File this one under "not surprising, but noteworthy all the same": Tommie Frazier believes his powerhouse back-to-back national champions at Nebraska were better teams than Nick Saban's powerhouse back-to-back national champions at Alabama.
Speaking in the wake of his long-overdue election to the College Football Hall of Fame, the Huskers quarterbacking legend told reporters that though he respects what the current-era Crimson Tide have done, he believes the Nebraska teams of the mid-'90s were even more powerful.
"They won back-to-back championships. That right there compares," Frazier said, per the Lincoln Journal-Star. "But it's a different time, different era ... And there will always be that burning question in everyone's mind, 'Well, which team is better?' Well, in my mind, I already know which team is better. I say it publicly all the time that I don't think there's any team out there that would have beat that '95 team.
"And over a five-year span, I don't think there's too many teams that put up a record of [60-3]."
Yes, those are the right numbers, in case you've forgotten: from 1993 to 1997, the Huskers went 60-3, losing once in '93 (in a national title-deciding Orange Bowl) to Florida State and twice in '96. As incredible as the Tide's past five seasons have been -- equaling those Huskers teams' total of national crowns at three -- even Alabama's mark of 61-7 doesn't quite match up.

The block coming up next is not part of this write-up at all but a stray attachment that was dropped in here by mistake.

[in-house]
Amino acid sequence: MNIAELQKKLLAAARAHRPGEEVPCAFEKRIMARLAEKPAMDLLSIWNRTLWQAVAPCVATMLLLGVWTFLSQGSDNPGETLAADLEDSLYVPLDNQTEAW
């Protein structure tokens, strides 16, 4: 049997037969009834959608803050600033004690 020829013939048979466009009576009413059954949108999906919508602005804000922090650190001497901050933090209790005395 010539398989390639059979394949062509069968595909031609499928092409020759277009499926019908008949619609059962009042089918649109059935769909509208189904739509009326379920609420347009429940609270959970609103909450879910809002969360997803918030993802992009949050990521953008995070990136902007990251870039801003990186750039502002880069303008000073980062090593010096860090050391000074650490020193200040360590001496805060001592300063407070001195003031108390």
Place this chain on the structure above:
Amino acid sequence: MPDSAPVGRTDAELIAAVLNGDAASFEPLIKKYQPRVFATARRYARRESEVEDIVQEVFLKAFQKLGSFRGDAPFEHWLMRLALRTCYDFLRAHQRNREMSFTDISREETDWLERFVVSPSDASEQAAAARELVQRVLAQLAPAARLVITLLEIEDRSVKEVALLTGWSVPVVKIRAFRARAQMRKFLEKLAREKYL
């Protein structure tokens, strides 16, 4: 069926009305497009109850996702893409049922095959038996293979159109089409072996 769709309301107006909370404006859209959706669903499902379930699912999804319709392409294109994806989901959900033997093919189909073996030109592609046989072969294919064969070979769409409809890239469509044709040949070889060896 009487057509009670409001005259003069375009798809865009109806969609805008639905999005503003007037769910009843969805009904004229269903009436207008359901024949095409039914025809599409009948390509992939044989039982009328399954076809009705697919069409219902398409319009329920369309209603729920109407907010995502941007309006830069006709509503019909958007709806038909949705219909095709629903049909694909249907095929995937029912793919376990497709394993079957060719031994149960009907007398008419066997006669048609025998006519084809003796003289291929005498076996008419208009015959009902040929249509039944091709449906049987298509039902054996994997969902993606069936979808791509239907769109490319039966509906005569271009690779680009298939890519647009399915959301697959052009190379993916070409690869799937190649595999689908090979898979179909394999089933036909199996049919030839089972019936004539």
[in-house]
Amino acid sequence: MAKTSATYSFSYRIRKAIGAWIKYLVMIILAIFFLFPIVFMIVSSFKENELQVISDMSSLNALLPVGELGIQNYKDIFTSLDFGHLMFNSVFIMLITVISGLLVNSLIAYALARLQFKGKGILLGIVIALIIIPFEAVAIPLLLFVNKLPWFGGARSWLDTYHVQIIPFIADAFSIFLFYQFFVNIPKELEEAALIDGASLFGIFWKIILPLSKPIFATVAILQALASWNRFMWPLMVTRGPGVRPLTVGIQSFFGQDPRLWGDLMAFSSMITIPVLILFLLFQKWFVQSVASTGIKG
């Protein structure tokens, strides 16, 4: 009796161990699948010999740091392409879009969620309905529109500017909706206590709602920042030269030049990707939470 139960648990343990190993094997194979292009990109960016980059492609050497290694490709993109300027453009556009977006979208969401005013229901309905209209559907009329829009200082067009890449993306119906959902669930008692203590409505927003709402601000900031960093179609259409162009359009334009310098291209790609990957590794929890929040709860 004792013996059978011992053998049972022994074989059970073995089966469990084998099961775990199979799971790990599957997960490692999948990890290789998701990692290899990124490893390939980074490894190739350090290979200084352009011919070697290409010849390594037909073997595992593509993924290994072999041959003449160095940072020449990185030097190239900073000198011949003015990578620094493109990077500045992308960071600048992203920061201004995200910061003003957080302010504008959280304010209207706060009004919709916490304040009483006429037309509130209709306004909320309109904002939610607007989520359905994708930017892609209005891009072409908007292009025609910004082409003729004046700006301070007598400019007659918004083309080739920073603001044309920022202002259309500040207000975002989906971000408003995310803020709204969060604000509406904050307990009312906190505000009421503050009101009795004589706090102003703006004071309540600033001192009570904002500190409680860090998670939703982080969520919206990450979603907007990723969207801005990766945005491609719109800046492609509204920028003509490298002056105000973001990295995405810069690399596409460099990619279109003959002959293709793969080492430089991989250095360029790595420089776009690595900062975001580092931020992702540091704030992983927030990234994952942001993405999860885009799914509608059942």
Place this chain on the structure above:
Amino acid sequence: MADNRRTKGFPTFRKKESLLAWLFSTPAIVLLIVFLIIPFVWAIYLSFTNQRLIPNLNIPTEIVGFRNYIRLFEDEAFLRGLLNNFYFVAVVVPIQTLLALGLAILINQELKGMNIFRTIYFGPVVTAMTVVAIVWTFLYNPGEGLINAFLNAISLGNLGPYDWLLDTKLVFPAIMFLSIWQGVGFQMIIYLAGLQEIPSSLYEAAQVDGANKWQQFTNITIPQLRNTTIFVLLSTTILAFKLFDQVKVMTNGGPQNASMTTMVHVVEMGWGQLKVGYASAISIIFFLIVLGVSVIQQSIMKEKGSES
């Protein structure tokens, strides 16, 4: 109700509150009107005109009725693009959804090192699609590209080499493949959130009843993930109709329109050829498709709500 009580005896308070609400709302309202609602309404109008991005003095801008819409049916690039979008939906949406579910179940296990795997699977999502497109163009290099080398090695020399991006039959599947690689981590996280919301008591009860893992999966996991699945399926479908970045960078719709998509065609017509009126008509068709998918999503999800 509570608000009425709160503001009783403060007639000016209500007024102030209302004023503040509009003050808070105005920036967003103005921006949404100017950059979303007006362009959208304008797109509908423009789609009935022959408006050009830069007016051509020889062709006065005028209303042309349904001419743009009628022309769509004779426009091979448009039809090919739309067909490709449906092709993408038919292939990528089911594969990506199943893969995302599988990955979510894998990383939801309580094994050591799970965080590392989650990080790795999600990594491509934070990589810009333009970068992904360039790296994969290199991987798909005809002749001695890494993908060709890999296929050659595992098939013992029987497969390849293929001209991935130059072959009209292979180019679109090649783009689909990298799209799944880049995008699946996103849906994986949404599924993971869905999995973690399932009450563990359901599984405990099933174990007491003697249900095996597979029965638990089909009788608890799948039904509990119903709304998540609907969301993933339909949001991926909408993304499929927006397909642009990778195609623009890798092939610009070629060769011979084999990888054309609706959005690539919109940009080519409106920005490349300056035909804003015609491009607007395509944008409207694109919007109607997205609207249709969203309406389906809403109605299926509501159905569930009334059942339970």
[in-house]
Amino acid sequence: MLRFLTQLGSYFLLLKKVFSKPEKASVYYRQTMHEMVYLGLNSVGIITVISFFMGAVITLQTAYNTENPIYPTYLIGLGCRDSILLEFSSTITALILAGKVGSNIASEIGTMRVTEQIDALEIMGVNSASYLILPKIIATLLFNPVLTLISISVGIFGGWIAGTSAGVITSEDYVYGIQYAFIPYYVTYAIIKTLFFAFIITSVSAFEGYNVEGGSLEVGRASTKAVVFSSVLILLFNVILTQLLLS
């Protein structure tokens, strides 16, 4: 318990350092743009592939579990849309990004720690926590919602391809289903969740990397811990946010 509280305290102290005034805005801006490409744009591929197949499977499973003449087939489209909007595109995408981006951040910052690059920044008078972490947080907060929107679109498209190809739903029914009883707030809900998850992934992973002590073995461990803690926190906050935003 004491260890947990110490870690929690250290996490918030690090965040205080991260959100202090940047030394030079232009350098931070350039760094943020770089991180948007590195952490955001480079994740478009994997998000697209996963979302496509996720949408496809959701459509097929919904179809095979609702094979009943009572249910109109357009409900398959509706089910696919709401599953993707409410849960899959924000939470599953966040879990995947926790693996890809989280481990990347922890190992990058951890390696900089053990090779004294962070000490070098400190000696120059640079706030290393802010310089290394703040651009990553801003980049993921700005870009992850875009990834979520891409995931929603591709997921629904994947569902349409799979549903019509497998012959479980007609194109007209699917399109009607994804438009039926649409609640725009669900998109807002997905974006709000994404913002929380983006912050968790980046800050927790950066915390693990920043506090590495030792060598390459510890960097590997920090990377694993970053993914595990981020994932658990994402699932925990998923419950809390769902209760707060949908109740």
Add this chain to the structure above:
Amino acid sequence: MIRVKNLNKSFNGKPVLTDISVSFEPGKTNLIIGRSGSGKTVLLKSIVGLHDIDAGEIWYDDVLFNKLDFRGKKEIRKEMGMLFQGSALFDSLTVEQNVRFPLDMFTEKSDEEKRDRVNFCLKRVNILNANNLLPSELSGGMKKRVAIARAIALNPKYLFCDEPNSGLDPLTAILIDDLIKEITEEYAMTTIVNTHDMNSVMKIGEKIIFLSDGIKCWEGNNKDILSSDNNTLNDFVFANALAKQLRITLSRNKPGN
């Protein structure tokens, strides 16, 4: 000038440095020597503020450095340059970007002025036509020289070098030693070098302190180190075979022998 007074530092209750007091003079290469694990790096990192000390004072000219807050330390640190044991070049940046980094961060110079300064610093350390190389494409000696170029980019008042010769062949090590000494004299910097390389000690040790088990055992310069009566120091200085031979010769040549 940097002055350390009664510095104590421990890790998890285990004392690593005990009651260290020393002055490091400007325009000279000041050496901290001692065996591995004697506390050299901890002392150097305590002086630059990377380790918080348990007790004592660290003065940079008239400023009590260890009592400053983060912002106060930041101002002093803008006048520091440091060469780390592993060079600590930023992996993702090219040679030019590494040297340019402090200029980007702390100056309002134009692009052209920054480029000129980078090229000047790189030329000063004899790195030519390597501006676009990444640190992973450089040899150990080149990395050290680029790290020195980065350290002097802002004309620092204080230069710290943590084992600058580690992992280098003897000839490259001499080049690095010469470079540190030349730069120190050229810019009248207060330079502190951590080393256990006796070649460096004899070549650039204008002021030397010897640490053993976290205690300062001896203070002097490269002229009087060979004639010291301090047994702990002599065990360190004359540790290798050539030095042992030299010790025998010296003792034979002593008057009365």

It's also hard to argue with Frazier on the overwhelming dominance of the 1995 team, which would probably represent the closest thing to a consensus choice for the greatest team in modern college football history. Though there's a hundred different ways to describe the ruthlessness of those Huskers, perhaps the best one is that they played four different top-10 teams that season -- including undefeated SEC champion Florida in the Fiesta Bowl -- and won by an average score of 49-18.
That said, this is also worth repeating, and repeating loudly: No one knows who would win if 1995 Nebraska and, say, 2009 Alabama played a football game. It's absolutely, completely, entirely, 100 percent hypothetical speculation. As the facts above show, Frazier and his teams earned the right to crow (and then some), but so have the Tide teams of recent vintage -- and of course, Saban's reign in Tuscaloosa is still ongoing. They're the definitive programs of their respective eras, both among the greatest dynasties in the history of the sport, both the kind of colossi which are mostly measured only against other colossi.
But there's a point at which that measuring should really come to a stop, and that point is "Who's better?" -- because really, when we're talking about Osborne's Huskers and Saban's Tide, who cares?